Caution is needed when interpreting data from non-CRC murine models. For example, the hepatocellular carcinoma (HCC) murine model showed that TLS promoted tumor formation and was associated with a worse prognosis (76). This suggests that the primary tumor and other components of the TME may alter the immunological function of TLS. The data discussed above regarding the difference between RCC and CRC lung metastases is another example of this difference (83). Research in CRC specific murine models is needed to better characterize the CLR and how CLR can be modified or manipulated to support and anti-tumor host response.
Areas of Uncertainty and Future Directions
Despite the advances in our understanding of CLR and its utility as a prognostic marker, many questions remain. There is currently limited data about the utility of CLR as a predictive marker of response to immunotherapy or immunological adverse events. The interaction of CLR with pre-malignant colon lesions, the microbiome and the functional changes that occur within CLR during tumor progression are also currently unknown. Much remains to be elucidated regarding the interplay between CLR, TILs, the TME and TDLN. In depth mechanistic understanding will require murine models that can better recapitulate human CLR.
TCR sequencing, mass cytometry and single cell sequencing, are likely to advance our understanding of the immunological role that CLR plays in the TME. TCR sequencing of CLR can characterize the overlap between the T-cell repertoire of CLR and other immunological compartments, and support the efforts to uncover neoantigen-specific TCRs and improve adoptive T-cell therapy. Mass cytometry could expand on previous immunohistochemical characterization of CLR to better delineate cell populations and simultaneously visualize the structure, functional markers, and cellular interactions within CLR and the TME. Single-cell sequencing could provide insights into the heterogeneity of transcriptional programs as they relate to immune cell subtypes within CLR, and identify key drivers of immune surveillance and immune tolerance in the TME. Optimal application of these methods would be achieved in well-characterized clinical cohorts with informative molecular characterization, such as mutational burden, MSI status, consensus molecular subtype and intra-tumoral immune response.
Ultimately, the most important question will be if CLR can be leveraged to augment the immune response against cancer and improve patient outcomes. Attempts to systemically manipulate CLR will need to take potential tumor-promoting off-target effects into account, given the evidence of differing consequences of TLS formation across tissues, the role of TLS in autoimmunity (87), and the contribution of certain CLR-associated chemokines to lymphatic metastasis.
In conclusion, the Crohn's-like lymphoid reaction to colorectal cancer is a major component of the host immune response to cancer. CLR's diagnostic, predictive, and therapeutic implications need to be explored in greater detail.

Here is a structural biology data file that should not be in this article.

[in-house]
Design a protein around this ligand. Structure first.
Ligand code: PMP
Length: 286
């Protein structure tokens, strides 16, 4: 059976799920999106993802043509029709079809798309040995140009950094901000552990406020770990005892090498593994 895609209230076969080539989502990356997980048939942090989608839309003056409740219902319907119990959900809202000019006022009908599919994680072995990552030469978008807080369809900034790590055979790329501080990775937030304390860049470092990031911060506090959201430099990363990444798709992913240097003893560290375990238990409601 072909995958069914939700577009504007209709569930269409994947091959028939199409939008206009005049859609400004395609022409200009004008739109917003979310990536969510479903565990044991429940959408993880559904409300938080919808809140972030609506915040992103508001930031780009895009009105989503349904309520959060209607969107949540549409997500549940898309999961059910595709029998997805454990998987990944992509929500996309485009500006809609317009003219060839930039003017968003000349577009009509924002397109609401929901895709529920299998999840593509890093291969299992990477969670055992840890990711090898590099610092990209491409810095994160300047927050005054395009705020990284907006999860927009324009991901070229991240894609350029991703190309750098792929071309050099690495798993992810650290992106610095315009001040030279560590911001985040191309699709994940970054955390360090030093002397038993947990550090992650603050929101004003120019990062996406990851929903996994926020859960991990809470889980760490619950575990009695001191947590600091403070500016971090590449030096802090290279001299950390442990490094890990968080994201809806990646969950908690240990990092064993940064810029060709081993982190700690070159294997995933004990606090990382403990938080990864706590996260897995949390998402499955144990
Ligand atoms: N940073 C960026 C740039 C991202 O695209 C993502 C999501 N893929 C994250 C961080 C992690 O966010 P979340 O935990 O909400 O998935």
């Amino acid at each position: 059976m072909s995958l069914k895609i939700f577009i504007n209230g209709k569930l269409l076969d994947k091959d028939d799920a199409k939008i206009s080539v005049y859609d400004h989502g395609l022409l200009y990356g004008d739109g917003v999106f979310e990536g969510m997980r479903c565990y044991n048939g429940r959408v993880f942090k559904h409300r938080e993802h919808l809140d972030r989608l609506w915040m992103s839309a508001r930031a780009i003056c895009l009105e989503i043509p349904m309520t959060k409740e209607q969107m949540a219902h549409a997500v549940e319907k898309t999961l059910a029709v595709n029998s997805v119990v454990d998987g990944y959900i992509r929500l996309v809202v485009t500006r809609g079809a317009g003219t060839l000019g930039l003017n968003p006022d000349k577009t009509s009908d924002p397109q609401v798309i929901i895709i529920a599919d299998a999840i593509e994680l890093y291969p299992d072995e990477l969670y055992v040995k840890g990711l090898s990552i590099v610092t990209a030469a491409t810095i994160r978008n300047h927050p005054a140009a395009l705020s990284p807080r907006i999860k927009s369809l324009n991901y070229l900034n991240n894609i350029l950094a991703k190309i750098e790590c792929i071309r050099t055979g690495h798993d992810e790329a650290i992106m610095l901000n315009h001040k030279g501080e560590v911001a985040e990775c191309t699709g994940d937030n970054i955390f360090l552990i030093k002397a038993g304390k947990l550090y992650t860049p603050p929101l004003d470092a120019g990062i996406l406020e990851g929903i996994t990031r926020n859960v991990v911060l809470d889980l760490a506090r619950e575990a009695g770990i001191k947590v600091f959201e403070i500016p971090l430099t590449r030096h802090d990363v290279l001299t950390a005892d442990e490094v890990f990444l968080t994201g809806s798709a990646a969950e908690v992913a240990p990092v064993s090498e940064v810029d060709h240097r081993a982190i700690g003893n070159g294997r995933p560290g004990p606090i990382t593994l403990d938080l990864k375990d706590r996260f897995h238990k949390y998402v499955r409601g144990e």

AM and JG designed the manuscript, as well as acquired the images required for the figures. AM and MD wrote sections of the manuscript and created the figures. All authors contributed to manuscript revision, read, and approved the submitted version.
Conflict of Interest Statement
The authors declare that the research was conducted in the absence of any commercial or financial relationships that could be construed as a potential conflict of interest.
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Keywords: crohn's-like lymphoid reaction, colorectal cancer, adaptive immune response, tumor immunology and microenvironment, microsatellite instability (MSI), tertiary lymphoid structures (TLS), ectopic lymphoid structure, tertiary lymphoid organs
Citation: Maoz A, Dennis M and Greenson JK (2019) The Crohn's-Like Lymphoid Reaction to Colorectal Cancer-Tertiary Lymphoid Structures With Immunologic and Potentially Therapeutic Relevance in Colorectal Cancer. Front. Immunol. 10:1884. doi: 10.3389/fimmu.2019.01884
Received: 01 June 2019; Accepted: 25 July 2019;
Published: 22 August 2019.
Edited by:Khashayarsha Khazaie, Mayo Clinic College of Medicine & Science, United States
Reviewed by:Masoud H. Manjili, Virginia Commonwealth University, United States
Subbaya Subramanian, University of Minnesota Twin Cities, United States
Copyright © 2019 Maoz, Dennis and Greenson. This is an open-access article distributed under the terms of the Creative Commons Attribution License (CC BY). The use, distribution or reproduction in other forums is permitted, provided the original author(s) and the copyright owner(s) are credited and that the original publication in this journal is cited, in accordance with accepted academic practice. No use, distribution or reproduction is permitted which does not comply with these terms.
*Correspondence: Asaf Maoz, firstname.lastname@example.org